While there is a strong community perception that specialised driver training is an effective road safety countermeasure, there is currently no clear evidence that it produces safer drivers compared to less formalised approaches to learning. A number of factors have been suggested to account for this apparent lack of effectiveness. In particular, it has been suggested that conventional approaches to driver training do not systematically address the perceptual and cognitive skills required for safe driving, or the motivational or attitudinal factors which can exert a powerful influence on driver judgement and decision-making. Hence, it is possible that with further research and development that more effective driver training programs could be developed. With this prospect in mind, this paper identifies three main priorities for future research in the area.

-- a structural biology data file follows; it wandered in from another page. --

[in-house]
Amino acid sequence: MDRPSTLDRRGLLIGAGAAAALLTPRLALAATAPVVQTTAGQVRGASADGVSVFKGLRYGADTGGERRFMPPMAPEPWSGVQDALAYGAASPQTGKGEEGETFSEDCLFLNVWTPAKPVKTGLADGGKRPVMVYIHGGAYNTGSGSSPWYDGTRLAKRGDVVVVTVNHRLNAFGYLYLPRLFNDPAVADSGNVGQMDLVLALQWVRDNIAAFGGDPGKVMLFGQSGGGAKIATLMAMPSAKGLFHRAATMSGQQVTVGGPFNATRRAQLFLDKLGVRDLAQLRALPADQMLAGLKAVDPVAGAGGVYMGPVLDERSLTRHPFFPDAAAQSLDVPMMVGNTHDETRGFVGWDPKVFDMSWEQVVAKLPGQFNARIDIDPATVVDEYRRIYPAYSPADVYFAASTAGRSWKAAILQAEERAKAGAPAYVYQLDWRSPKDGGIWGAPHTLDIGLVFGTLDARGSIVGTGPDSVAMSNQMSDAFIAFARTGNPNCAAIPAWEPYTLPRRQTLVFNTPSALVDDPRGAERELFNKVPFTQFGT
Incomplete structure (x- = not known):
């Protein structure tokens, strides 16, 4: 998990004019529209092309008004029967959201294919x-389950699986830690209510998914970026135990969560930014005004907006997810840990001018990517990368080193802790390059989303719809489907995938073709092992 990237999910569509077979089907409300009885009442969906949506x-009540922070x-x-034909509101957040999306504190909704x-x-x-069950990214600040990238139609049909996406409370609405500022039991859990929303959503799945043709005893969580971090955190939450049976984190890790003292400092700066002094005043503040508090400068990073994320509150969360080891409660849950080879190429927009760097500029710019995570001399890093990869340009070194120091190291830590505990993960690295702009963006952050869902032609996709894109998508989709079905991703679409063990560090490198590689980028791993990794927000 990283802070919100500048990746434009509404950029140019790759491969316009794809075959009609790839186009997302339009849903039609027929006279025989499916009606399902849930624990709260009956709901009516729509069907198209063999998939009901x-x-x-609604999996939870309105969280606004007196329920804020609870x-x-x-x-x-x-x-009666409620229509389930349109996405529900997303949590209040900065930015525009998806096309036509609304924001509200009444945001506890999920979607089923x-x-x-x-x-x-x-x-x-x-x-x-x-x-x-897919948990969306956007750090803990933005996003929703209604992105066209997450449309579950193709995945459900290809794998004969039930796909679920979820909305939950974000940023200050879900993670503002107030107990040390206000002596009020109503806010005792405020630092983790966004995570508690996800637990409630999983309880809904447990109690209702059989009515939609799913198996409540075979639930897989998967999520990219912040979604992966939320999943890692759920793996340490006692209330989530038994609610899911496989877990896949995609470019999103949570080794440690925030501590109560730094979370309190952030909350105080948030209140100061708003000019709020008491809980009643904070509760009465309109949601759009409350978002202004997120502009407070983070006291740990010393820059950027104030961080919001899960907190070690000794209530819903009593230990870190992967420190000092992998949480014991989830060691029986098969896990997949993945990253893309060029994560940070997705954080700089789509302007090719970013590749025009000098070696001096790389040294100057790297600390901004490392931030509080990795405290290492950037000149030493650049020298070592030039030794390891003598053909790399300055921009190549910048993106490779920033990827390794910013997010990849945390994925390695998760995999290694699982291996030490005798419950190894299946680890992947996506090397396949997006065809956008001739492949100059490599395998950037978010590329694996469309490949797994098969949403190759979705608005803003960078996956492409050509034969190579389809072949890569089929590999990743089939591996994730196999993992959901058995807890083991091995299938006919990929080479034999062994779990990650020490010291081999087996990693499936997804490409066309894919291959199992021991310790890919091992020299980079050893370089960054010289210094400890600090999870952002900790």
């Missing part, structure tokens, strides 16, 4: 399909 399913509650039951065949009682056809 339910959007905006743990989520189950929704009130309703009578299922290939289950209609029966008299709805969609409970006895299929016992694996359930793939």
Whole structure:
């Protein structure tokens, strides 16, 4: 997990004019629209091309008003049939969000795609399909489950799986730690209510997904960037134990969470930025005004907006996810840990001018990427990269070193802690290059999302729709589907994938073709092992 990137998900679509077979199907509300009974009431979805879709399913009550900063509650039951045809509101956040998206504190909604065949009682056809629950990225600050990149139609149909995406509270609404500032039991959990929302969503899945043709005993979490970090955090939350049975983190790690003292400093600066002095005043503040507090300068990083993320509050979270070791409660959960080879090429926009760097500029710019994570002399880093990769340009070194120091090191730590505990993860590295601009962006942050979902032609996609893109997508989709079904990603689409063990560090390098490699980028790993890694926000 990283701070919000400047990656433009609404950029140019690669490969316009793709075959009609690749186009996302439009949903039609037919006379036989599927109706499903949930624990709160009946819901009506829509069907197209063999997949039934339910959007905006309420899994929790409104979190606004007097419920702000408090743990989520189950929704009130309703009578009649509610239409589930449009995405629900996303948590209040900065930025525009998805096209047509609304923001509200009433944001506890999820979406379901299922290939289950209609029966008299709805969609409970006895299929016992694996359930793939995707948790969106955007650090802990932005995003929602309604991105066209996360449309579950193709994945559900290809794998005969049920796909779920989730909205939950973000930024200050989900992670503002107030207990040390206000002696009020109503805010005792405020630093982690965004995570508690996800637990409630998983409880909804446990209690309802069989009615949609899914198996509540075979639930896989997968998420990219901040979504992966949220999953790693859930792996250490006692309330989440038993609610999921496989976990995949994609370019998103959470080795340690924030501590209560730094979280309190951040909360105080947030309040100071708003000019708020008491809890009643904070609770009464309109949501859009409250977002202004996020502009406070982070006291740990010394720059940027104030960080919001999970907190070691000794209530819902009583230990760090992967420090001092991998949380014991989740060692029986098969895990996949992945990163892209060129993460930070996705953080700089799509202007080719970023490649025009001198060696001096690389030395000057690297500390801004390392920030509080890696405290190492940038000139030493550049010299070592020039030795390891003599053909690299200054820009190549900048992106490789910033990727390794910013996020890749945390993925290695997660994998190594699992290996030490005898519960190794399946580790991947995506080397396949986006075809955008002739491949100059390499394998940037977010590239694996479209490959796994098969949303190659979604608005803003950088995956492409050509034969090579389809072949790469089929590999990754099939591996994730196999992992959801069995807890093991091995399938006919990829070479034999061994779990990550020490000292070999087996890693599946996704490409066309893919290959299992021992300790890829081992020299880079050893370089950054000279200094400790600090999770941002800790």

It is important to note that the research priorities identified in this paper cannot be addressed in any one program of research. Rather, a philosophy of incremental improvement is required. While some important driver training research initiatives continue to occur in Australia, it is an area that receives limited funding. While this is perhaps not surprising, given the state of the evidence, there is a need to ensure that the research that does occur is well directed and coordinated, and communicated to practitioners. This is vital to bridge the gap that currently exists between research and practice in the area of driver training.